As Johannes Bugenhagen (1485-1558) wrote, which captured the heart of the solas and of the Reformation, “We give God the glory if we trust in His grace that He does everything and that our work, righteousness, ability, and merit cannot save us or eradicate sin.”

October 31, 2017 marks the 500th anniversary of Martin Luther’s posting of the 95 Theses

There are a number of excellent resources that have been published in conjunction of this anniversary. I include a couple of those resources below, which you ought to consider using if you are interested in pursuing the Reformation further for adult Sunday school classes or small groups.

Echoes of the Reformation: Five Truths That Shape the Christian Life (six-week video series with an accompanying workbook/study guide)

Echoes of the Reformation: Five Truths That Shape the Christian Life is a new Bible study examining the five core truths that came from the Reformation—often called the solas. Group members will explore these essential convictions of the faith and emerge more immersed in the gospel of Jesus Christ. The solas include:

• Sola Scriptura (by Scripture alone)
• Sola gratia (by grace alone)
• Sola fide (through faith alone)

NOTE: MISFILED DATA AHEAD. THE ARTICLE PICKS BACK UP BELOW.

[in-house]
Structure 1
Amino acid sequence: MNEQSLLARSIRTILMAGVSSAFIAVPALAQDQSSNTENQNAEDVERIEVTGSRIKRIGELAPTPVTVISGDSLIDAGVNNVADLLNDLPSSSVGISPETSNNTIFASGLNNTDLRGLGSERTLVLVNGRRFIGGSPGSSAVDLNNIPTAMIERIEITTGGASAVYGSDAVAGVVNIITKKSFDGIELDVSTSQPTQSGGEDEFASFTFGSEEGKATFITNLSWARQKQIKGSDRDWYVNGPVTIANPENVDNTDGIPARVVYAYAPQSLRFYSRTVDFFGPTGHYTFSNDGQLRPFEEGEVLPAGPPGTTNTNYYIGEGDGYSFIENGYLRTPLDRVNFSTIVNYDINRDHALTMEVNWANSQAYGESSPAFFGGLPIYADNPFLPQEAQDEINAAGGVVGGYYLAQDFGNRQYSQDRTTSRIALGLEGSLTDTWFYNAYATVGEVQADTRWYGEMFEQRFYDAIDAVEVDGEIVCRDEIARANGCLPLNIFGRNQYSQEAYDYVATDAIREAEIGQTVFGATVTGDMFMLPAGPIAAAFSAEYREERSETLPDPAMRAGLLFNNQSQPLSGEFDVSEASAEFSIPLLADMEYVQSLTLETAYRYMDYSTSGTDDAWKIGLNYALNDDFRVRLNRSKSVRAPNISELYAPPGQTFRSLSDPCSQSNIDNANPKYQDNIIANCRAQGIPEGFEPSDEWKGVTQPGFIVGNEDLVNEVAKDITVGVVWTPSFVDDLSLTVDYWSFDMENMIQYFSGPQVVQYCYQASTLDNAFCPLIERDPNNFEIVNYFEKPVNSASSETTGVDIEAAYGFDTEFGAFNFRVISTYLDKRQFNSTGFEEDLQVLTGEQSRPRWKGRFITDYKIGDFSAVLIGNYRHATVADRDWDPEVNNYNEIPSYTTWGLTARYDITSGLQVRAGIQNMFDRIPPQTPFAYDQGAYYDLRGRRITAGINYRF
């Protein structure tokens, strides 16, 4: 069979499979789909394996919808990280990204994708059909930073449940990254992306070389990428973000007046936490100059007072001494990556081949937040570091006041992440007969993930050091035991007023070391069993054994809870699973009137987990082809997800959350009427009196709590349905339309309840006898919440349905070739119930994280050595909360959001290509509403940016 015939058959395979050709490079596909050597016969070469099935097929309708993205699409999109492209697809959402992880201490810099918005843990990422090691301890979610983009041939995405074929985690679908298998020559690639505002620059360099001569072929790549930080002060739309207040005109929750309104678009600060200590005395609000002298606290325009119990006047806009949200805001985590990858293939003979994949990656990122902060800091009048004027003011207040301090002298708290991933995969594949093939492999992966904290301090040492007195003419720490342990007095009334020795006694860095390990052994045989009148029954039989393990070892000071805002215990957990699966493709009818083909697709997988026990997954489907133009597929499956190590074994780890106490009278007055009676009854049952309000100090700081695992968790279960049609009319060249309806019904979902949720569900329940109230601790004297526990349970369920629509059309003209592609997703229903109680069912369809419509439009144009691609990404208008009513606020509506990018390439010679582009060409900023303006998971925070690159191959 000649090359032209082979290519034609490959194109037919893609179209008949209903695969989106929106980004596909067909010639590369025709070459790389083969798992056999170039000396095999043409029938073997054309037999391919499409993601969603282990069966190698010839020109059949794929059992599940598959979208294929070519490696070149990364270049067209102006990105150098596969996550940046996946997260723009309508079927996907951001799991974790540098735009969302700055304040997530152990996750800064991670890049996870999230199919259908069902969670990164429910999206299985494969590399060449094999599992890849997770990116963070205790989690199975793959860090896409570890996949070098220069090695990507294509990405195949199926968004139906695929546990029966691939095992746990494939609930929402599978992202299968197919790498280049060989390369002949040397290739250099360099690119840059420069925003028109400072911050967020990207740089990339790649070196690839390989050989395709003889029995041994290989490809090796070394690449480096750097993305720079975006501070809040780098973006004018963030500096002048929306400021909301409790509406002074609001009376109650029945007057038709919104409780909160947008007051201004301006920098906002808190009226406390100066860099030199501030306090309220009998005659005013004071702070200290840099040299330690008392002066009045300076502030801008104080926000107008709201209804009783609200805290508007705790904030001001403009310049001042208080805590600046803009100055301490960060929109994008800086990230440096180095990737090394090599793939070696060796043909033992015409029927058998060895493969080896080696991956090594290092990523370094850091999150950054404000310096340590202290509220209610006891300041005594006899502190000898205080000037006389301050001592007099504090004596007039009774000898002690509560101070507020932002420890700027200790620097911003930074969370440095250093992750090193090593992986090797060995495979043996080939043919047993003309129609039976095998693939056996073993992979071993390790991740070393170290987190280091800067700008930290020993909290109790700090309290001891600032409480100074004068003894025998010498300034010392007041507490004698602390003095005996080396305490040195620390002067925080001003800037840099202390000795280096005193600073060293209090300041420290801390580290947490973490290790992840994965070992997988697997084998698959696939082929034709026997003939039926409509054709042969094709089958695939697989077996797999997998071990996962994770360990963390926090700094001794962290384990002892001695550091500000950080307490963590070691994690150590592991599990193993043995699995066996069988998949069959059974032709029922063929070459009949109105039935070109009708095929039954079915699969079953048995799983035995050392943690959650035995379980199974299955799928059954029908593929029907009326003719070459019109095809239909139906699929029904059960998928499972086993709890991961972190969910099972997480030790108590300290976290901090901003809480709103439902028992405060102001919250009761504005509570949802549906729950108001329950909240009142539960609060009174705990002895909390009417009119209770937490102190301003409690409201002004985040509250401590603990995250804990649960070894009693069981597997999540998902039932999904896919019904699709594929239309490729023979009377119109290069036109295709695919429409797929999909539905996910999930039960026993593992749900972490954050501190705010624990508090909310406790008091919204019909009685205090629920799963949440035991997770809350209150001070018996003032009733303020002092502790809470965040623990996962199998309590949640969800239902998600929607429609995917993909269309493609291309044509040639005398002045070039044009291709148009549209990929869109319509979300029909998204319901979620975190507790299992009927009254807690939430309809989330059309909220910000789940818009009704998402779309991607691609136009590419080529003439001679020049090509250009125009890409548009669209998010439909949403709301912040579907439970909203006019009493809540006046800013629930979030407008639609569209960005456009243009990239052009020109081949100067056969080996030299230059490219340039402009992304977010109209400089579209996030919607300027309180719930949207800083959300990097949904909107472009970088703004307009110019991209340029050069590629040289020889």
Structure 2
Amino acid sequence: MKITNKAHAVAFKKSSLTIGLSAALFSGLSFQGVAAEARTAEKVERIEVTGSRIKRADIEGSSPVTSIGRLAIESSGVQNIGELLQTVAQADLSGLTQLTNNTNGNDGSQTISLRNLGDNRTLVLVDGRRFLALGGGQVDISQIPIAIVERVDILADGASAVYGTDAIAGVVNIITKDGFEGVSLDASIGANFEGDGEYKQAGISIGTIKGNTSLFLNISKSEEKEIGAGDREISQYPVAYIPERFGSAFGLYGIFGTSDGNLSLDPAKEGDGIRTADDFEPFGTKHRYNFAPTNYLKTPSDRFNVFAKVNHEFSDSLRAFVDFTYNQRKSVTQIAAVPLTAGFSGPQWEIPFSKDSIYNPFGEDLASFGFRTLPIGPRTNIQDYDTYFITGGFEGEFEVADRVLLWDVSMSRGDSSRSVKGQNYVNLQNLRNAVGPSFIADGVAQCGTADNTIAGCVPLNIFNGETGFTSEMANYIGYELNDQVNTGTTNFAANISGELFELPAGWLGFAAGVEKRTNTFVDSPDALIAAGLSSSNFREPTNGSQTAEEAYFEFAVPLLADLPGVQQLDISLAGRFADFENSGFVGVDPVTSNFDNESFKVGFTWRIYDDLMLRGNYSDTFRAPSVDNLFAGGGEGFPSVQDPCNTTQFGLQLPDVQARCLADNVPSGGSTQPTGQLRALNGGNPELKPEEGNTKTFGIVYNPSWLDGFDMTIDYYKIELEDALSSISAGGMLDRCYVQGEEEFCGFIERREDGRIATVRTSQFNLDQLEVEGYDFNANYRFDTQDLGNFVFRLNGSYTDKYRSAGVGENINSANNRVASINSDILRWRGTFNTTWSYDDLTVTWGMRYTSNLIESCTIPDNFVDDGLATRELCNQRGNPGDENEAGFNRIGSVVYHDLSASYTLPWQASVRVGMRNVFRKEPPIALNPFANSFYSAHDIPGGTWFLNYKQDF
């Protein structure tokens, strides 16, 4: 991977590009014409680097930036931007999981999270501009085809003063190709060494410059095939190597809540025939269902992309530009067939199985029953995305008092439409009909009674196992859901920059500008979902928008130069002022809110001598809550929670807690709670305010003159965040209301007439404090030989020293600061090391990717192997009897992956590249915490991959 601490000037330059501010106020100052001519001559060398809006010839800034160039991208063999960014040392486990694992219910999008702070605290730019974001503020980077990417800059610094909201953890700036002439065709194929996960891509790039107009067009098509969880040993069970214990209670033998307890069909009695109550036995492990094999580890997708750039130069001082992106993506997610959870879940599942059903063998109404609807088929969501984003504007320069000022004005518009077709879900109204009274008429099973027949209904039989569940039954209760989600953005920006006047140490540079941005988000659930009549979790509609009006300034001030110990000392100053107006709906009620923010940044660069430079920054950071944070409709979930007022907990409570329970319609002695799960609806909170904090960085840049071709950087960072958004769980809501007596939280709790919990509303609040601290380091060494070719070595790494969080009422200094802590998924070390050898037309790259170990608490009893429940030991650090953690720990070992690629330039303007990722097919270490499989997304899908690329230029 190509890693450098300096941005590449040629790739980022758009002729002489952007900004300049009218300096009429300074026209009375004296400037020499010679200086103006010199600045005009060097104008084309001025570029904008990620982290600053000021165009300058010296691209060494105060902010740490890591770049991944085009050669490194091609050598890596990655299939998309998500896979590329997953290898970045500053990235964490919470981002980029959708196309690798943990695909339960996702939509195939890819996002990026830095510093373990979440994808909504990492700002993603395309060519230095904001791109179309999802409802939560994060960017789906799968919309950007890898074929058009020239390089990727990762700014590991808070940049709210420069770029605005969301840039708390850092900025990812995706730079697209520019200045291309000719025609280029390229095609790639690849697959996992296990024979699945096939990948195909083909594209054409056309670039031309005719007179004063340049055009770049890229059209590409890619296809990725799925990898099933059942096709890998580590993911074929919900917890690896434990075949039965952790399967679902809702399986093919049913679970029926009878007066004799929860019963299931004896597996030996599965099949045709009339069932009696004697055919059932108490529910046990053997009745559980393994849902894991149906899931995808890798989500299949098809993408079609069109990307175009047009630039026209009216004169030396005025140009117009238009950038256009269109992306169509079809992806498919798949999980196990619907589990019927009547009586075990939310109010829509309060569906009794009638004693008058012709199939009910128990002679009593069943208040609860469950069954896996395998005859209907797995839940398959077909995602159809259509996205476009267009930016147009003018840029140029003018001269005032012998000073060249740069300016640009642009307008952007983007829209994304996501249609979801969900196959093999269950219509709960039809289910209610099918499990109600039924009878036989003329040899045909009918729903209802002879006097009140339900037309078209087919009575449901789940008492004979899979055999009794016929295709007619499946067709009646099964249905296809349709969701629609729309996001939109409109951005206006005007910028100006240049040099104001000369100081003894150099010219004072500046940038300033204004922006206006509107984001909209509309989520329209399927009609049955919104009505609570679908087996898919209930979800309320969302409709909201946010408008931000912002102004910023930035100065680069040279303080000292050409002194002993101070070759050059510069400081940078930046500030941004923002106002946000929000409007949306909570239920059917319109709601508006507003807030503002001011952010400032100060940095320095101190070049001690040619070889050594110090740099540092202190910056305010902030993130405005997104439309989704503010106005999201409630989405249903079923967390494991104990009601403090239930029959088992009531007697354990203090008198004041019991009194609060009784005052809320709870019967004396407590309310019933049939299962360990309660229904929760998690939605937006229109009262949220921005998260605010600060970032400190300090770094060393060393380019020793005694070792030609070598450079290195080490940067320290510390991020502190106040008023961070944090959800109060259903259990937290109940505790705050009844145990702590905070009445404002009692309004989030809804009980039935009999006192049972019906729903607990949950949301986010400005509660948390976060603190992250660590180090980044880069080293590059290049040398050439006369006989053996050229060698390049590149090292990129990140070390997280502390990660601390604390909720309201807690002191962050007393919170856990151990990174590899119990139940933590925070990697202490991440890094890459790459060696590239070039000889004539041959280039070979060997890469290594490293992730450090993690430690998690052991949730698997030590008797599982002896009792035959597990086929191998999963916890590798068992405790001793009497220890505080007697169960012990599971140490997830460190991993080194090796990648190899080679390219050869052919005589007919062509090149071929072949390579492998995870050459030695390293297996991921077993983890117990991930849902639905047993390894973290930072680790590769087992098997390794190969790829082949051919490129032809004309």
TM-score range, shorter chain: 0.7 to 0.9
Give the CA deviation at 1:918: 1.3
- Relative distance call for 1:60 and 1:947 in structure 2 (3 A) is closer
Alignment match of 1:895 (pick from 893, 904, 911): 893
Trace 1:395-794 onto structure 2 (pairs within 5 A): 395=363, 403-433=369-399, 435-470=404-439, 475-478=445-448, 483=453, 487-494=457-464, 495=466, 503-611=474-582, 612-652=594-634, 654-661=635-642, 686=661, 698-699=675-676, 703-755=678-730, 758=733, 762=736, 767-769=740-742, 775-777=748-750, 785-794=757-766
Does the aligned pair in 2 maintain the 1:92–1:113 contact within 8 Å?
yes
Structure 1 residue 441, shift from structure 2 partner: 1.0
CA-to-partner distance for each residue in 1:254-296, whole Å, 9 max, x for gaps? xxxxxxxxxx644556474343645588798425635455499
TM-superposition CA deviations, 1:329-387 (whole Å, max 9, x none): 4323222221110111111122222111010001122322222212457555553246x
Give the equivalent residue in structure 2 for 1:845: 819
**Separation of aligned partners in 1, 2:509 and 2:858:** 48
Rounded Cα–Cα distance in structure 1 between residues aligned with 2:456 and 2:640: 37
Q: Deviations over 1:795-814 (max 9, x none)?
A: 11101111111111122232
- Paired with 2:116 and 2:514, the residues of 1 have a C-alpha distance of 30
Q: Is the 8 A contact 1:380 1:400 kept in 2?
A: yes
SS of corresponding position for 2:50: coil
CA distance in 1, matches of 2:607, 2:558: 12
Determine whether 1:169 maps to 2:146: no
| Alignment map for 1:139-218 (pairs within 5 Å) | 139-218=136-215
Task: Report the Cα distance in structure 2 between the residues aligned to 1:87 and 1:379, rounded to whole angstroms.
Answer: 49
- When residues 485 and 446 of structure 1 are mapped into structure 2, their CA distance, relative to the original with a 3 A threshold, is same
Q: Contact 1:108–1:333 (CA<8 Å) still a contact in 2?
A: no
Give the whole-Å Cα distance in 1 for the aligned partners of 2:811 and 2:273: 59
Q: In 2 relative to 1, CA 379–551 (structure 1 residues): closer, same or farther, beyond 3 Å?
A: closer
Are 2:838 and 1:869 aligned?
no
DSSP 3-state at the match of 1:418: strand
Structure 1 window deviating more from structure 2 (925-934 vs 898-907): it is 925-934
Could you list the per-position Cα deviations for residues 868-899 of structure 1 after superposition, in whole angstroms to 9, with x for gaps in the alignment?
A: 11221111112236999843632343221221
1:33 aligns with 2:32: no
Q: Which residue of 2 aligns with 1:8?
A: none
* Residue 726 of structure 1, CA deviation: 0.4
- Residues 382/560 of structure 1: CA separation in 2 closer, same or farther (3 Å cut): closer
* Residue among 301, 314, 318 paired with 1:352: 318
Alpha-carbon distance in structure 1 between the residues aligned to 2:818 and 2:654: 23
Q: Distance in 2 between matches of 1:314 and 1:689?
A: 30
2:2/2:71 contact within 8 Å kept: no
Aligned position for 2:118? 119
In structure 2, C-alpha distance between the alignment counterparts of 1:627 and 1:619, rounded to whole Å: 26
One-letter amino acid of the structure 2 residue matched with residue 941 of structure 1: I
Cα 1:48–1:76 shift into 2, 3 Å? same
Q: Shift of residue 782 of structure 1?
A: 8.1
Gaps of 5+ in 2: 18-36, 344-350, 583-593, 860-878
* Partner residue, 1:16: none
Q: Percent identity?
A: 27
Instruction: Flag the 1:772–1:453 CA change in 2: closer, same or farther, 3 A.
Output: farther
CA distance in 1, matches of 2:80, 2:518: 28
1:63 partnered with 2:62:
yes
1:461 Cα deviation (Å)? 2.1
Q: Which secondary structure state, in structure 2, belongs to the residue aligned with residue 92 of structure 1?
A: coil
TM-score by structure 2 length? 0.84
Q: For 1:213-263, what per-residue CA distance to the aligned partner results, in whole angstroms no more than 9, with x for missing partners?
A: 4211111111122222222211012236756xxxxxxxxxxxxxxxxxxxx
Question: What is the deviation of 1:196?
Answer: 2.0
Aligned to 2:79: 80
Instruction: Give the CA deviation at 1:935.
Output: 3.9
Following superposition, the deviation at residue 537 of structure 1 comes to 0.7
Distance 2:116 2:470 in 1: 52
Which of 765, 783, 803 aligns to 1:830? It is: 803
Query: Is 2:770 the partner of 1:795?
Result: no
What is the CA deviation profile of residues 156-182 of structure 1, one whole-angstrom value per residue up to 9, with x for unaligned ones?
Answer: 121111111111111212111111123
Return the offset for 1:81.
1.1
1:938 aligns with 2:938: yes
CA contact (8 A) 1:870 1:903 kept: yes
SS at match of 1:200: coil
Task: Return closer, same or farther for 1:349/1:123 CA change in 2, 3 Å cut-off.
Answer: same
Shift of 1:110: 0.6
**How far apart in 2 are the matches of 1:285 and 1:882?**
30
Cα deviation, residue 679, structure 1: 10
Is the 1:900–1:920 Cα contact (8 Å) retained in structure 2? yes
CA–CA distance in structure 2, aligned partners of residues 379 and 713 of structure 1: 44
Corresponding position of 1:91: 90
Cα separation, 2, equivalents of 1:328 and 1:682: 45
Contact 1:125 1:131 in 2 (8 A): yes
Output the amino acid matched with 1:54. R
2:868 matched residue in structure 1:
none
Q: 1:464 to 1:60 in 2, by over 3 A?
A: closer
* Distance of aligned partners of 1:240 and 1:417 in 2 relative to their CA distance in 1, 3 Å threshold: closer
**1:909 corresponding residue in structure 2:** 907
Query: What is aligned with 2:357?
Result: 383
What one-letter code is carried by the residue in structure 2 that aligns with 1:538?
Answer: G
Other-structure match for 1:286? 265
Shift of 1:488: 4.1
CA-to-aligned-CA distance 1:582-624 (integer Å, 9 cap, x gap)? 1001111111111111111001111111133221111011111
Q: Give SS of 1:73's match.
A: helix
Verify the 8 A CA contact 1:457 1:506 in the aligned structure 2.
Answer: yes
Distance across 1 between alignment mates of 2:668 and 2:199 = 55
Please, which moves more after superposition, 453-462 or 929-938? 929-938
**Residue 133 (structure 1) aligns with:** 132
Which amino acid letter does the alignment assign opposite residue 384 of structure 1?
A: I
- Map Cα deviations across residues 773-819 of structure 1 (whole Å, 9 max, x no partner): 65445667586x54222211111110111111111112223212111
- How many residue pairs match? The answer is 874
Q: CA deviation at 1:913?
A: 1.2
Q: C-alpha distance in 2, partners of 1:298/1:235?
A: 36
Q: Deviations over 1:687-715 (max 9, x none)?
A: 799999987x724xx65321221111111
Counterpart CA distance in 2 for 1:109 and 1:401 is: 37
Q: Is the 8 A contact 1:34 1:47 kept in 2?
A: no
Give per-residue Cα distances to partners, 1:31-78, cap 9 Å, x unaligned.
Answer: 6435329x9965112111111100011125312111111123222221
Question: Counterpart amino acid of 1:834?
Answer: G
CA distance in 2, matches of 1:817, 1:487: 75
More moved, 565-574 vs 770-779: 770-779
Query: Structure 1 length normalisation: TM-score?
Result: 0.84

• Solus Christus (through Christ alone)
• Soli Deo gloria (glory to God alone)

Ideas That Changed the World: The Four Key Gospel Truths and People of the Reformation (four-week video series with accompanying workbook/study guide)

Around 500 years ago a momentous change was spreading across Europe—a change that has become known as the Reformation.

At the heart of the Reformation were four ideas and four leaders. The ideas: faith alone, grace alone, Bible alone and Christ alone. The leaders: Luther, Calvin, Tyndale and Cranmer.

In this course we will travel together to Wittenberg, Geneva, London, Antwerp and Oxford to see the massive impact of the four key Reformation ideas: that we are saved by grace alone (by God’s gracious initiative in Jesus); that salvation is made available to us through faith alone (not by us being good enough); that we know God through the Bible alone (and not through any church authority); and that we can pray to the Father through Christ alone (and not through the saints).

This was the topic/theme of last year’s Theology Conference: Reformation 500: Theology and Legacy – God’s Gospel and the EFCA